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Giving a political twist to some favourite films

MY selections for the seasonal political Top 10 is:

Groundhog Day: James Brokenshire reprises the role of Phil (Bill Murray), who wakes up in Hillsborough Castle and travels to Stormont, to find it's the same political day, over and over and over again ... well, this is Northern Ireland.

Legally Blonde: A teenage comedy concerning a young female leader of a nationalist/republican party, who has to take elocution lessons to slow her delivery at public speaking, as nobody can comprehend a single word she says.

Dumbo: A fairytale (or nightmare) about an old man with a dodgy hairstyle who is gifted with a brain the size of a pea and, incredibly, becomes US President.

The Hangover: Prime Minister Theresa May wakes every morning with a migraine as Jean-Claude Juncker thinks he's Jean-Claude Van Damme and constantly hits her with a bill for £100m - or is that euros?

Frozen: Another children's favourite where 90 (used to be 108) MLAs get paid full wages and expenses for a full year of doing little or nothing, but then discover their pay is to be frozen indefinitely ... brrrrr.

Scrooge: A seasonal special, where Government departments and senior civil servants withhold a miserable 1% pay increase from all public-sector workers and the money never reaches them in time for Christmas. Bah! Humbug!

Jurassic World: Almost 25 years after Jurassic Park hit our screens, we go back to the same theme - everyone being entertained by watching NI's Government in the control of dinosaurs from the past.

The Borrowers: The incredible tale of how 10 local MPs hold a Conservative government to ransom in a cash-for-votes deal worth a cool £1bn. Sadly, the money never reaches the needy local people and services it was intended for, so we might have a sequel.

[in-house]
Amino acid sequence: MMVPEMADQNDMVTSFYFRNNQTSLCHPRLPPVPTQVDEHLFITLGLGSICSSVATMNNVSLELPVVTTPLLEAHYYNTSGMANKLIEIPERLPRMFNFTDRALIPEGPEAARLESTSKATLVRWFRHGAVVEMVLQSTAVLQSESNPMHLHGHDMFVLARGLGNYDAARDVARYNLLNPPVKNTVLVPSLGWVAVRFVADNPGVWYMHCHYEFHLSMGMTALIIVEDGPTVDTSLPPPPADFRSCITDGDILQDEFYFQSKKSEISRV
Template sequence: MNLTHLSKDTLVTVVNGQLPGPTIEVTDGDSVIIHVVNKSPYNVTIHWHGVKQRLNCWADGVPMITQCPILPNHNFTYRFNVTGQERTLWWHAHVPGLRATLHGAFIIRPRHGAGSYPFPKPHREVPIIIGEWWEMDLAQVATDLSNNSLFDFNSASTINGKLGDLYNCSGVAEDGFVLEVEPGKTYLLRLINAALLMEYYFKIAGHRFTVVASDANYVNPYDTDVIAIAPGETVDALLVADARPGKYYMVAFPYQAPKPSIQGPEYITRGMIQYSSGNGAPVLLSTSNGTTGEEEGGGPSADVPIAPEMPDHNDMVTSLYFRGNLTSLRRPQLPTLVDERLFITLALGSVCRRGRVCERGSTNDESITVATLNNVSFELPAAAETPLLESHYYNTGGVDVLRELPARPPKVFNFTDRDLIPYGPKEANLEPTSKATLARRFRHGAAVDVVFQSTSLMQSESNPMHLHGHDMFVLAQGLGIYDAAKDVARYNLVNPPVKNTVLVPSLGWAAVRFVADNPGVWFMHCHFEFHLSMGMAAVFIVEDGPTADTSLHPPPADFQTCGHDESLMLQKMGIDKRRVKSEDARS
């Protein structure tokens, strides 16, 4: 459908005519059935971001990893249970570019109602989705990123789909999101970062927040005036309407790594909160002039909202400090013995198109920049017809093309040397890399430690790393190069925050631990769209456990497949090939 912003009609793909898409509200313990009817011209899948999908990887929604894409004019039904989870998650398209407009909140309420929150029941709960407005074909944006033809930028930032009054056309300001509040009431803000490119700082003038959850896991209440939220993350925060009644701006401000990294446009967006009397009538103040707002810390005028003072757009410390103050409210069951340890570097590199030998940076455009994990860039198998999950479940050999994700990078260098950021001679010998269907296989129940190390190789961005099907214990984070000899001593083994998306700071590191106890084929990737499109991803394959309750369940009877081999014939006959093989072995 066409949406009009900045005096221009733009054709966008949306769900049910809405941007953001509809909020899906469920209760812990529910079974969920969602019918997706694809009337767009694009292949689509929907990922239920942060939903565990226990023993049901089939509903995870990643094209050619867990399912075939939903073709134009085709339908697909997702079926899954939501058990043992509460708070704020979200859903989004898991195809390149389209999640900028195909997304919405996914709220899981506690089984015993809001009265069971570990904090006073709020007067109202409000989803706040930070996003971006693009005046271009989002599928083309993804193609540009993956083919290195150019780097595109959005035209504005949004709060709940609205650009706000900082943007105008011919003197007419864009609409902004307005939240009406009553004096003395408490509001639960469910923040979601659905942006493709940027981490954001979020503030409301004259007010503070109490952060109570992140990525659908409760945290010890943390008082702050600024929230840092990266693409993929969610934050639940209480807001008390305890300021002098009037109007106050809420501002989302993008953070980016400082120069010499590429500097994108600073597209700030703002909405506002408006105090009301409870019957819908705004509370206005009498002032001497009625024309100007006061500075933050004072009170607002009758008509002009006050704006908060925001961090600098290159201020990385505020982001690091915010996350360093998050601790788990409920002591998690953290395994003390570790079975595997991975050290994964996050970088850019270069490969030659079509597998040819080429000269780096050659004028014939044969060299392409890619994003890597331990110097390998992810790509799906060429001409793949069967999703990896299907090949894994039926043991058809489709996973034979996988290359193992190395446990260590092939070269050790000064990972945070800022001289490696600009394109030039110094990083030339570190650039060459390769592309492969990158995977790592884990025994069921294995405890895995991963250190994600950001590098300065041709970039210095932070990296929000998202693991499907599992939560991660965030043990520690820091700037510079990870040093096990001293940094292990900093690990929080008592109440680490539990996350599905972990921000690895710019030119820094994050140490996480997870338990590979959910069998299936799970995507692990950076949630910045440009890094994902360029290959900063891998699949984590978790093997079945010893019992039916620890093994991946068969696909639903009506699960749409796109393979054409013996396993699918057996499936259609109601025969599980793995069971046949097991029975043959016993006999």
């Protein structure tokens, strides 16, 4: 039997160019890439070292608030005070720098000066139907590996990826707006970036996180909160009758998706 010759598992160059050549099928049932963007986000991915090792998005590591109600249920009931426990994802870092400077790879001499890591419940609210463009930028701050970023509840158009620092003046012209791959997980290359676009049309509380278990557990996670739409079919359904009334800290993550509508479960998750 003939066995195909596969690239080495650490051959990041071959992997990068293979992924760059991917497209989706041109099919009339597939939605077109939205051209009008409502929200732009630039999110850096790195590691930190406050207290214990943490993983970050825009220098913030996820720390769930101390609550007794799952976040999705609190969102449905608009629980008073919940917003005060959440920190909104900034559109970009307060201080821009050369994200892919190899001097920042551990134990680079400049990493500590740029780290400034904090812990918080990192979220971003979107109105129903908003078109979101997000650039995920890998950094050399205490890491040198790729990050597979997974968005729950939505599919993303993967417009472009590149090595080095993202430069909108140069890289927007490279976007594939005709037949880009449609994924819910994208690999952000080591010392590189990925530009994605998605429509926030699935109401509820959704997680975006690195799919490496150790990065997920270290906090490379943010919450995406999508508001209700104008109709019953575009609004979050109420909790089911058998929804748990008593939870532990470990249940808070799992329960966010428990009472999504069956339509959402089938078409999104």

Heat: An action-packed movie about millions of little chicks, who, because they are so warm, living in overheated hen houses, pluck their own feathers and are delivered for processing already cooked. There will almost certainly be a follow-up to this one.

It's A Wonderful Life: George Bailey (Jimmy Stewart) realises, through all his adversity, he really has led a wonderful life. Yes, we may not be millionaires, have high-flying jobs or elaborate homes, but compared to millions around the world, we too are blessed to live in this wee country I call home.

Merry Christmas everyone.

BILL KERR

Newtownards, Co Down

Falcon on my fence is a sight to behold

EAMON Sweeney is spot-on when he reminds readers of the importance of the protection of rare birds here.

While sipping coffee a few days ago, what should appear on the fence beside my window but a beautiful falcon.

It is not unusual to see such birds on the wing in Glengormley, but it is wonderful to see them perched in the front garden.

They fly for sheer joy, tumbling, gliding and flying at full speed and then feeding a glancing female while on the wing and without as much as a pause.

Are we not so lucky in this neck of the woods to view a bird with such astounding beauty? Some bird fanciers would travel for several miles, hoping to get a glance at a falcon.

They eat flies in flight and small birds after taking them to the ground or to a tree to pluck.

We know that several hundred pairs live in England and Wales and now Northern Ireland can boast our very own falcons.

So thanks, Eamon, for highlighting the risks to these beautiful birds - and what a delight to see one so near.

DR ROSALEEN ROGERS

Newtownabbey, Co Antrim

Greyhound statistics make for grim reading

NEWLY released statistics from the Irish Greyhound Board show that so far this year, 283 greyhounds have been injured and 96 killed at tracks around the country.

The dogs suffered injuries to legs, shoulders, backs, tails, muscles and toes.

The latest figures follow horrifying revelations that, in 2016, 427 greyhounds sustained on-track injuries and 139 were put down.

Added to this are the thousands of greyhounds who 'disappear' every year - most likely killed when found to be too slow to win races.

Anyone considering attending a Christmas party at a greyhound track should know that seeing an injured dog writhing in agony and crying out in pain is deeply upsetting and sure to provide a night to remember for all the wrong reasons.

Please make the compassionate choice to stay away from tracks.

PHILIP KIERNAN

Irish Council Against Bloodsports

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